The Legend of Wonder Woman #18 Review OR The Costume Comes Together!


Etta Candy has had Diana’s back from the second she arrived in America, helping out the confused Diana just because she’s friendly, aiding her in tracking down news on the Duke of Deception, and following her to the front lines of the war in Europe.  Etta’s done this all without knowing very much about Diana; despite Etta’s many kindnesses, Diana’s remained tight-lipped about her true origins.  But Etta has a line, and apparently it’s watching her pal fly out of a window.  So in today’s digital issue of The Legend of Wonder Woman, Diana finally lays her cards on the table with Etta.  And, of course, Etta is super on board.

But first,  the book picked up where it left off last week, with Diana on the battlefield fighting the Duke of Deception’s twisted army.  Diana won, of course.  That’s what she does.  But the method in which she won was noteworthy for the way that it captured the essence of Wonder Woman.  Rather than punching her way through the undead soldiers, Diana took out her magic lasso and used its truth powers to disperse the hordes.  The Duke of Deception harnessed the souls of the dead to animate the corpses of the battlefield, but the lasso’s truth reminded the souls that they belonged to the land of the dead, not the living, and so they returned to where they belonged.  The fight was won, with no punching, just the power of truth!

Diana returned home to find Etta waiting for her, and Etta made Diana spill all of the beans about who she really was.  And Etta believed “every cock-a-mamie, deranged word of it,” in part because she’s a good friend and in part because she’s always up for an adventure and Diana’s kookiness certainly promised a lot of that.  I’m glad that everything is out in the open now, save for Diana’s encounter with Steve, which she kept to herself.  The women’s friendship, while fun and endearing, has been a little one-sided, with a lot of give from Etta and a lot of take from Diana.  But now they’re on the level, and can be partners in what comes next.  In fact, it was Etta who came up for the idea of the dowdy Diana Price taking on the new, flamboyant identity of Wonder Woman.

A makeover ensued, with hilarious results in perfect montage form.  Etta’s first idea for a costume involved shoulder pads and a lot of pouches, a clear shout out to superhero outfits of the 90s, but Etta discarded it for being “maybe a bit before its time.”  Diana rejected Etta’s suggestion of high heels in a fun nod to the never-ending debate over whether its practical for female superheroes to fight in heels.  They both agree that Diana should start to wear glasses to further conceal her identity, though.

After hours of work, the costume was finally finished.  And it was a mess!  Eagle wings under the arm, Diana’s hair in a bun, a weird red vest.  Etta was distraught at her failure.  Luckily, she spied the American flag that Diana was given when she first landed in America and stayed with the older couple who found her and nursed her back to health.  Inspired anew, Etta designed yet another costume, and the issue ended with hints of Wonder Woman’s iconic look but not a full reveal just yet.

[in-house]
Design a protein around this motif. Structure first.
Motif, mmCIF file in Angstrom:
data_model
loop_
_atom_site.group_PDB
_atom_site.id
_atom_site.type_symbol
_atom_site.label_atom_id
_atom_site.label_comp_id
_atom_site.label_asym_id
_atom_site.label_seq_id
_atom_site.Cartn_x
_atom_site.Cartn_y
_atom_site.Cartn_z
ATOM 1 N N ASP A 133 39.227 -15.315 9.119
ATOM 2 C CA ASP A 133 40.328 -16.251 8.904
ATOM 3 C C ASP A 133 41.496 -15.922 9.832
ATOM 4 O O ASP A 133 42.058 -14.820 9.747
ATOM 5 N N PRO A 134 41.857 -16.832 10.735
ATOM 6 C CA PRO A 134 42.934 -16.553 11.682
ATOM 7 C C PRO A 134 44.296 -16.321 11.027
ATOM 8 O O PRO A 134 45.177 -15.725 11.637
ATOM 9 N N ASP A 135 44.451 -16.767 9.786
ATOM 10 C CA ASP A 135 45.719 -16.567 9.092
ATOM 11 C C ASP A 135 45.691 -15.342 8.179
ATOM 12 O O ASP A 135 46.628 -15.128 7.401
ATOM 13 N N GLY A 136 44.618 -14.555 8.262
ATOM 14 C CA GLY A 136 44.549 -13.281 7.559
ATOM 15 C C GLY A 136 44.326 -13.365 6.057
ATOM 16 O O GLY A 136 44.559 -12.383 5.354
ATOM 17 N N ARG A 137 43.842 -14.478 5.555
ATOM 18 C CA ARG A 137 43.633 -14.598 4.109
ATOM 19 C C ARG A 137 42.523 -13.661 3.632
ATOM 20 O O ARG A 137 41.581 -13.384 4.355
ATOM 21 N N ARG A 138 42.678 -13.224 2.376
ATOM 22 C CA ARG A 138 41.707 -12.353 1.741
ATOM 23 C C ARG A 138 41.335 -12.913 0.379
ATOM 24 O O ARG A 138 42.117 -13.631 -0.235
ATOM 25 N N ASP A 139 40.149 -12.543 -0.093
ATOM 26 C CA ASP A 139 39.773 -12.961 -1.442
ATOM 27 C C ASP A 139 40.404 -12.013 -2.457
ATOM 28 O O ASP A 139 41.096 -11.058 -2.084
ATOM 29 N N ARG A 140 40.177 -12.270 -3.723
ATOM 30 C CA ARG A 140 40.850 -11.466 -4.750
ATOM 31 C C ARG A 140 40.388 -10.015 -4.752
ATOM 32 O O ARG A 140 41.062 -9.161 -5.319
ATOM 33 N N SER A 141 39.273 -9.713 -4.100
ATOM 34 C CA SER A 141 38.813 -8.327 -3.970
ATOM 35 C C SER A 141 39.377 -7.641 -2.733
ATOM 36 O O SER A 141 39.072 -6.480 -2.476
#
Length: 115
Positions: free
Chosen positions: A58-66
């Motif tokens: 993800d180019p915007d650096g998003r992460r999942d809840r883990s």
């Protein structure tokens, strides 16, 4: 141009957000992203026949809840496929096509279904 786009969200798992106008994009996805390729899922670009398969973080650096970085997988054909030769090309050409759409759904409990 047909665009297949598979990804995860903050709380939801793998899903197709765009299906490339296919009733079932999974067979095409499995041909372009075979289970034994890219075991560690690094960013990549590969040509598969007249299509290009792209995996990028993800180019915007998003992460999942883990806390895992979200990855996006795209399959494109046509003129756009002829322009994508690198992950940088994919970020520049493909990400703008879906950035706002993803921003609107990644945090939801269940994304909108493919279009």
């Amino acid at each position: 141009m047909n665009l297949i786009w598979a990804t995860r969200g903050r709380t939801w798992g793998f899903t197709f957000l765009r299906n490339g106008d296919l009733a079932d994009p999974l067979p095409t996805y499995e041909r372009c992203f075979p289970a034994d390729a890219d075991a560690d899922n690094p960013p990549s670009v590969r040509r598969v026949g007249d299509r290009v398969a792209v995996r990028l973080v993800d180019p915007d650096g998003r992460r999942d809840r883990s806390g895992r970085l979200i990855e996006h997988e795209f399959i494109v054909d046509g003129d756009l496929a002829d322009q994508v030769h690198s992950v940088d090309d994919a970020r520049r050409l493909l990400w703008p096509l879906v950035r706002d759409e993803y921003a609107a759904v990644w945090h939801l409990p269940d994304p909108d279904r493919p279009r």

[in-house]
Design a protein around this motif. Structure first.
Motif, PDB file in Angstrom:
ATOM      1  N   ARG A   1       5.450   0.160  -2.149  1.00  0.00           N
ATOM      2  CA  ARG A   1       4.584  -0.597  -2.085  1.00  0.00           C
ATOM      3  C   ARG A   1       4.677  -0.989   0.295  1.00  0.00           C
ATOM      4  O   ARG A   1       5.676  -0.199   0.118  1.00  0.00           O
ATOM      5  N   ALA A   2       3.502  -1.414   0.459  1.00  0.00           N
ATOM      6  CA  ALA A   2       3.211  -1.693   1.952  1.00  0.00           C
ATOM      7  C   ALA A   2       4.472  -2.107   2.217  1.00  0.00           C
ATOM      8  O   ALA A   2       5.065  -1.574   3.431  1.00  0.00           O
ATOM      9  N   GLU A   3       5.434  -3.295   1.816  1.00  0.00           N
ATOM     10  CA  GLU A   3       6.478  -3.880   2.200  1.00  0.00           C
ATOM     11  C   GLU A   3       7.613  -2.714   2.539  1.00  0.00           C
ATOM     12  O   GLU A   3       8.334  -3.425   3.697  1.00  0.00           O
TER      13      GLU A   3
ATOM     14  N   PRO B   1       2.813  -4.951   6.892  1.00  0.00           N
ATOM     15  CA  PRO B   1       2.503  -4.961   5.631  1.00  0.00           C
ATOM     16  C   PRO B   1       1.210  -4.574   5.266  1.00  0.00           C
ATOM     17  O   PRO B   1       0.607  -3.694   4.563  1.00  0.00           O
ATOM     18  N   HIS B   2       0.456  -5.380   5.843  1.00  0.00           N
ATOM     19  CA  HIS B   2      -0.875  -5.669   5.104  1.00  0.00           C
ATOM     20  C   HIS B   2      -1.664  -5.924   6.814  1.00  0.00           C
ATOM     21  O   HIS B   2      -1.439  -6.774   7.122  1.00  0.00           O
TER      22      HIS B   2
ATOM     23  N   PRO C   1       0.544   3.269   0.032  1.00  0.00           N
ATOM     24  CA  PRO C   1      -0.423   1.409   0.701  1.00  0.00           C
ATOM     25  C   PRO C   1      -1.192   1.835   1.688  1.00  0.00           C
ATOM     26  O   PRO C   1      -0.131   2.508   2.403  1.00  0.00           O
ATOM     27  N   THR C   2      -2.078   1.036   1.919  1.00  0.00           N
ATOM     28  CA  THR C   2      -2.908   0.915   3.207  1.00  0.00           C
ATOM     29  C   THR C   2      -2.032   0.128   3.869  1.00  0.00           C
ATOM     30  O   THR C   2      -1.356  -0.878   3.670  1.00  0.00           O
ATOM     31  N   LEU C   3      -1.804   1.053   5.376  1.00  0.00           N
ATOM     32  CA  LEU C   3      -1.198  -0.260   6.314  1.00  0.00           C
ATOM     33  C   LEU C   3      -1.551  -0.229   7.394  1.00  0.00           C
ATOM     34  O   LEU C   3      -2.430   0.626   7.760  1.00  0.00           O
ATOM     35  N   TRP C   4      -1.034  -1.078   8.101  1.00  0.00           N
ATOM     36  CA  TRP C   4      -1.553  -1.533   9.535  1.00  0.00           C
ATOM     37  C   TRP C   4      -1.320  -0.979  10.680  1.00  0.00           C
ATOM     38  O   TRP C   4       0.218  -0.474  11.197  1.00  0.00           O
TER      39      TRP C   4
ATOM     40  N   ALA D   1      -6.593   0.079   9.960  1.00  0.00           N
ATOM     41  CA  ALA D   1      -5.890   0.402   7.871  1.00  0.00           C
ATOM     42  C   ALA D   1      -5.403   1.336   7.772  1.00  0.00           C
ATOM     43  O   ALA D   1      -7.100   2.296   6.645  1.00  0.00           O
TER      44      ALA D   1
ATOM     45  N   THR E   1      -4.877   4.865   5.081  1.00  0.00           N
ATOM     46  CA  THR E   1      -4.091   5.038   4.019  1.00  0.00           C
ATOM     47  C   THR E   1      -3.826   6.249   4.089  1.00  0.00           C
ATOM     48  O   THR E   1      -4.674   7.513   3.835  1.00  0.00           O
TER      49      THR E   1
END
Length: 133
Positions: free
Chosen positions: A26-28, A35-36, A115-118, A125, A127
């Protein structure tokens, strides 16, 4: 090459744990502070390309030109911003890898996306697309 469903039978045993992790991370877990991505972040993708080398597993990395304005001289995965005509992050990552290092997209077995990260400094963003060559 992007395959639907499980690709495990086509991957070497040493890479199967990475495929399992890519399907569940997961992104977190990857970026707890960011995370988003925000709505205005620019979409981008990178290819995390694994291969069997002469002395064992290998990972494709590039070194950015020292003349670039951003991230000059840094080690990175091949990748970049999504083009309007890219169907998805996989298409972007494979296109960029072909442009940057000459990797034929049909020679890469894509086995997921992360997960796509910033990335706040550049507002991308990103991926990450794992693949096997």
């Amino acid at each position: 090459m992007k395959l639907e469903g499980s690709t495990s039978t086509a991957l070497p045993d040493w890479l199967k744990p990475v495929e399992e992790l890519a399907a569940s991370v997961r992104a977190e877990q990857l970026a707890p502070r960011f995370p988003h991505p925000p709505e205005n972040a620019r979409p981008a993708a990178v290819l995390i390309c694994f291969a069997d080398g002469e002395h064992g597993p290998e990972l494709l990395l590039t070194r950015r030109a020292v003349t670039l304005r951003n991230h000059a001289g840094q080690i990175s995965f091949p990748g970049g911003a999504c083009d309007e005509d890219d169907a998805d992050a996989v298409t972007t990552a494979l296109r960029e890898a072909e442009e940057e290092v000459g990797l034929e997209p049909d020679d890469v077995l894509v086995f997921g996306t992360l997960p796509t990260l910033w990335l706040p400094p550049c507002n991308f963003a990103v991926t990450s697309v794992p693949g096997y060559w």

The whole design scene was a blast.  I love a good makeover montage, and all of the in-jokes and references were funny and on point.  Wonder Woman rarely gets this kind of fun in her origins; she typically just shows up in costume and starts superheroing, so it was an enjoyable change to have her and Etta work to design her look from scratch.  Plus it’s so cool that it’s the two of them who come up with the idea and look for Wonder Woman, a melding of the perspectives of an Amazon woman and an American woman to create an icon of female power.

Also, we get confirmation that there’s a Justice Society, which is rad!  I’m all about the World War Two era Justice Society, fighting Nazis and saving the world.  I don’t know if we’ll see much of them in this book, but hopefully we’ll get a sequel that will expand Wonder Woman’s world to include some superhero pals.

So yeah, Renae De Liz and Ray Dillon have done it yet again.  From the battlefields of France to a fun makeover, this issue really does have everything.  Etta also says the line, “I’d be angrier than a barn cat on a corn griddle,” which is delightful.  It’s just the best book!  Go check out this issue now, and be sure to pick up the third print issue of The Legend of Wonder Woman, which hit stores yesterday!


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2 Responses to “The Legend of Wonder Woman #18 Review OR The Costume Comes Together!”

  1. Vorpal Says:

    This is the storyline that should be turned into the Wonder Woman movie, to be frank.

    This book has been nothing but a delight- which is a rare treat from DC nowadays.

  2. Jeppe Dittmer Says:

    I loved this issue. I had been a little puzzled by the one sided nature of Diana and Etta’s friendship so it was nice to finally have Diana open up.

    I this issue you can really see that Renae De Liz knows what she is doing as a storyteller (not that you couldn’t earlier), a lot of things got paid off nicely in this issue. Diana using the lasso, Diana finally opening up to Etta, Etta finally getting to dress Diana (I hadn’t even realized that all those fish out of water jokes about Diana’s clothes was of course a setup for the WW costumes’ creation), and of course the American flag being used in her costume. I knew that was gonna happen when the old lady gave it to her, but that happened so long ago that I had forgotten about, so that when we got to the costume montage, I wasn’t just waiting for them to get to the flag. Really nice storytelling on display in this issue.

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